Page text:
The Times reports: Iran is sending officials to Saudi Arabia for secret talks about replacing Iraq’s embattled prime minister, Nouri al-Maliki, with a compromise candidate who might broker a political solution to the deepening crisis there.
The move towards co-operation by the two regional enemies reflects growing alarm at the situation in Iraq, where lightning gains by the al-Qaeda splinter group Islamic State of Iraq and al-Sham (Isis) threaten both countries. Saudi Arabia deployed 30,000 extra troops along its border with Iraq yesterday after Baghdad pulled its forces out of the area, leaving the world’s largest oil producer to defend its frontier alone.
The move by Iran’s President Rouhani to solicit Saudi backing for a compromise candidate is a remarkable step, given the enmity between the two powers, but reflects the desperation in both capitals. With Iraq’s semi-autonomous Kurdish government taking steps towards declaring full independence, it falls to Tehran and Riyadh to break the political deadlock in Baghdad.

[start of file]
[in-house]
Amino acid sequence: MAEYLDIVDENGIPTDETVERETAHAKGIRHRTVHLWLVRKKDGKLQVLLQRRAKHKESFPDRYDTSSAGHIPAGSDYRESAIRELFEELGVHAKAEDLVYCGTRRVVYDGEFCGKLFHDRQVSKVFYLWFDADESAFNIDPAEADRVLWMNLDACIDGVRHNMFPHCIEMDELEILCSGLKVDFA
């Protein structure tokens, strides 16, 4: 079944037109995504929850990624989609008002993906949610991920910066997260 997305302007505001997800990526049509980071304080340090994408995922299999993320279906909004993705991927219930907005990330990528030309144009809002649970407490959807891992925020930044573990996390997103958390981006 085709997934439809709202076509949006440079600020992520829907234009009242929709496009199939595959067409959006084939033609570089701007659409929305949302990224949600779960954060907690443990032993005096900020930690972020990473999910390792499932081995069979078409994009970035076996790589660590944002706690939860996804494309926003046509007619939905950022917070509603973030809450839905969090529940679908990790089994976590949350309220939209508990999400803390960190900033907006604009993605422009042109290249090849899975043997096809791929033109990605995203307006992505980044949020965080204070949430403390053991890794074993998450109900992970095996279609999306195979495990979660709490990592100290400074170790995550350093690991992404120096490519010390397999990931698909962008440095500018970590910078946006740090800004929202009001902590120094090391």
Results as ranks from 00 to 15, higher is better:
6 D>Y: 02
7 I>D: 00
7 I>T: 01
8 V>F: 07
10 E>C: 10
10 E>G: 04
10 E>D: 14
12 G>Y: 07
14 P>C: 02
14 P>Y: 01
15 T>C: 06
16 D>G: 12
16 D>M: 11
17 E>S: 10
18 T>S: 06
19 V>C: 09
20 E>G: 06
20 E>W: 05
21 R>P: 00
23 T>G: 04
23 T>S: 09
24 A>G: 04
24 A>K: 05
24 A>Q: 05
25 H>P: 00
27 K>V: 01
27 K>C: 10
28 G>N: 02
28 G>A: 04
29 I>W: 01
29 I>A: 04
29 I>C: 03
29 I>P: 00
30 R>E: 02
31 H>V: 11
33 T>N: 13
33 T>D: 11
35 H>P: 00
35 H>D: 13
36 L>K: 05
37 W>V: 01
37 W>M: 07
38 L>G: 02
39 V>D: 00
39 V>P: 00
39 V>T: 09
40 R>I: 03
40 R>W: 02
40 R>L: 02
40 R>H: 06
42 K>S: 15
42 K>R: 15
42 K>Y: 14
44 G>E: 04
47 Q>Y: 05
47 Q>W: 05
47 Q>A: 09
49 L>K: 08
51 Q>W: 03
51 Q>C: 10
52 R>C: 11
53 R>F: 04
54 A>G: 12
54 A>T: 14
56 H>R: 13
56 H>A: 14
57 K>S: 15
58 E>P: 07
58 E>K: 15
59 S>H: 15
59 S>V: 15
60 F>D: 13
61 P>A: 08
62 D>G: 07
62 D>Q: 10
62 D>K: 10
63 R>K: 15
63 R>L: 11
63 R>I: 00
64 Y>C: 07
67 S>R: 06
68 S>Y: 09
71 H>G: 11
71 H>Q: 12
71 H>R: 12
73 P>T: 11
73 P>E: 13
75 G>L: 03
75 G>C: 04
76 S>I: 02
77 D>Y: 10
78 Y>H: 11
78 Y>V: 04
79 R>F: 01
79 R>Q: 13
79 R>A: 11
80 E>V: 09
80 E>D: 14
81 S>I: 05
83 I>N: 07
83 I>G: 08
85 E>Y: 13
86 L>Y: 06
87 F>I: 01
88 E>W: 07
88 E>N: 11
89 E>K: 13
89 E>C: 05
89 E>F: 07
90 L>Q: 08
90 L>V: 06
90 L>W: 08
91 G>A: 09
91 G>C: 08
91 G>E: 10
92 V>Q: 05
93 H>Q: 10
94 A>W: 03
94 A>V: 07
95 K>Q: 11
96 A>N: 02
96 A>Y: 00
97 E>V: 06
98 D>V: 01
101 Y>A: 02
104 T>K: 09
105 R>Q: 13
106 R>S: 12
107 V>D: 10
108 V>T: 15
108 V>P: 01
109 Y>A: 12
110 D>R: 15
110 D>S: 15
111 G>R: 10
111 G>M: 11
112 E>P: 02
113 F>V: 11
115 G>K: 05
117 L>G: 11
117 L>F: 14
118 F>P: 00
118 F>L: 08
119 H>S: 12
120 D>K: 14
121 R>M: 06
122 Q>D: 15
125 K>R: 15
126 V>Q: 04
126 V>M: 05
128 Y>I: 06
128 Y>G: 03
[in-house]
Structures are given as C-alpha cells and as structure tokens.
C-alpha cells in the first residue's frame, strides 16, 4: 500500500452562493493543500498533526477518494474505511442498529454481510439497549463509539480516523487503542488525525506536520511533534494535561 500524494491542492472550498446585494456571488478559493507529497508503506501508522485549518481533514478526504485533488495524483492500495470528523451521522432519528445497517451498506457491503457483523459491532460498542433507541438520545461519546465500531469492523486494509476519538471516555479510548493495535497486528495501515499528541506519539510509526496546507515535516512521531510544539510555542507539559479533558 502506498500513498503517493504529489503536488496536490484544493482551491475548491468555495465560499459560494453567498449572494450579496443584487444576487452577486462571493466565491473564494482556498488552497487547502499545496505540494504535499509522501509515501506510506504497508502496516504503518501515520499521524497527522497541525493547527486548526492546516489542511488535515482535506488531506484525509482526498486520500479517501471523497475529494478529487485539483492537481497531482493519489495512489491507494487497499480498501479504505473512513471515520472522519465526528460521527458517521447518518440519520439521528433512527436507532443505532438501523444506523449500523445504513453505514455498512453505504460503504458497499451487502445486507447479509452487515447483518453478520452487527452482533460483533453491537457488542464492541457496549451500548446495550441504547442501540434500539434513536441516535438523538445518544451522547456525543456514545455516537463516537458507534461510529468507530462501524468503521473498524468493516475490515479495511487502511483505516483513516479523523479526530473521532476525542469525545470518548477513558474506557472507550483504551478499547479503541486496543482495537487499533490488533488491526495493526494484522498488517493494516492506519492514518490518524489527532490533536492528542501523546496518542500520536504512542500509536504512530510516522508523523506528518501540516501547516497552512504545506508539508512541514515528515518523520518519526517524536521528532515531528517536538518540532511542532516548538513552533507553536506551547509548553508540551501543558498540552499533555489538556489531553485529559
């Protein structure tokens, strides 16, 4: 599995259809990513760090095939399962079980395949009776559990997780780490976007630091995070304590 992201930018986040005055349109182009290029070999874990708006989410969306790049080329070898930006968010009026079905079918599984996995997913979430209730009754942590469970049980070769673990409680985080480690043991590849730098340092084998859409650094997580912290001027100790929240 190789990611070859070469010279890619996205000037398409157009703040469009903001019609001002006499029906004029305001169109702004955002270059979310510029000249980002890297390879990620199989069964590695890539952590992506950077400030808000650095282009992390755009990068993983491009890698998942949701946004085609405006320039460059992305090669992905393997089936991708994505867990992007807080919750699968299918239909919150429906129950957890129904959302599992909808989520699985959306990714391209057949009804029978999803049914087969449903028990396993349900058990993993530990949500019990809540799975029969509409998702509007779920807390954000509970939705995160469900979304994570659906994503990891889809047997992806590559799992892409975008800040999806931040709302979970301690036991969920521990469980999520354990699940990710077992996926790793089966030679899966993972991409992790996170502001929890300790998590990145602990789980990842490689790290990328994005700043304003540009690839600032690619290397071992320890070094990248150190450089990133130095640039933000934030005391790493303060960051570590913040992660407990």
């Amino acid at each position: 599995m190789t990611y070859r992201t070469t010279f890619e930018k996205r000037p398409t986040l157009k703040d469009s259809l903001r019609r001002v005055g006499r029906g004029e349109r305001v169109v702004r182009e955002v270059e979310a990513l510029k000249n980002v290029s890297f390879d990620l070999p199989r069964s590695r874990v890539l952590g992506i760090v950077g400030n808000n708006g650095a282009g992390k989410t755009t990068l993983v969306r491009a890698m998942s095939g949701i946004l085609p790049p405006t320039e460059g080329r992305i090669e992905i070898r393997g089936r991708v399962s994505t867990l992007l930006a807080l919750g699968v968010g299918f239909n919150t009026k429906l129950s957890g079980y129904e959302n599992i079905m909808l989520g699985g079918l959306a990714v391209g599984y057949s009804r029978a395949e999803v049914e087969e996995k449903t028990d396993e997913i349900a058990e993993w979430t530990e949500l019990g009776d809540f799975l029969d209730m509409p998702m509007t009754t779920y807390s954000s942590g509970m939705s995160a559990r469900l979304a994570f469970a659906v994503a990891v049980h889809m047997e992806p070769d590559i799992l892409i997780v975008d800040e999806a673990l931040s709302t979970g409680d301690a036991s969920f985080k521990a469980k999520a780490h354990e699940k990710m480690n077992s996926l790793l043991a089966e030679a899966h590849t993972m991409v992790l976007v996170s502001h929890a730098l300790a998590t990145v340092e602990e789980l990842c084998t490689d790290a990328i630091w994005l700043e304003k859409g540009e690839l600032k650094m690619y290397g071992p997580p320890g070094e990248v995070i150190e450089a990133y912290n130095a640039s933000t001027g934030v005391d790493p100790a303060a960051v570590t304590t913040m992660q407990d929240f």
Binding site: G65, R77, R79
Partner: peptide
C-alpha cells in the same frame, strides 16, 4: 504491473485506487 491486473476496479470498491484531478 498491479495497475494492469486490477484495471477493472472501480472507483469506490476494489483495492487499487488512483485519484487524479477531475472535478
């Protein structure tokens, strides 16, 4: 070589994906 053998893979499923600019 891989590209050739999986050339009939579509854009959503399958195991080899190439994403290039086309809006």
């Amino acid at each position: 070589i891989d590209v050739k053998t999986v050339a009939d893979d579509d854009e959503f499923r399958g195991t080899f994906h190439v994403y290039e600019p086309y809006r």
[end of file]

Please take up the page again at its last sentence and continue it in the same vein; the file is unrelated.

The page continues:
Iran has been Mr al-Maliki’s principal backer since he took power in 2006, but has reluctantly conceded that he must step aside to save Iraq from implosion. After years of discrimination against Iraq’s Sunni and Kurdish minorities by his Shia-led government, Mr al-Maliki is considered too widely hated to lead the country out of crisis.
Tehran is therefore ready to ditch the prime minister and has drawn up a list of potential replacements. Saudi Arabia, the dominant Sunni power in the region, has said it will urge Iraqi groups it can influence to join a unity government, but only if Mr al-Maliki goes. [Continue reading…]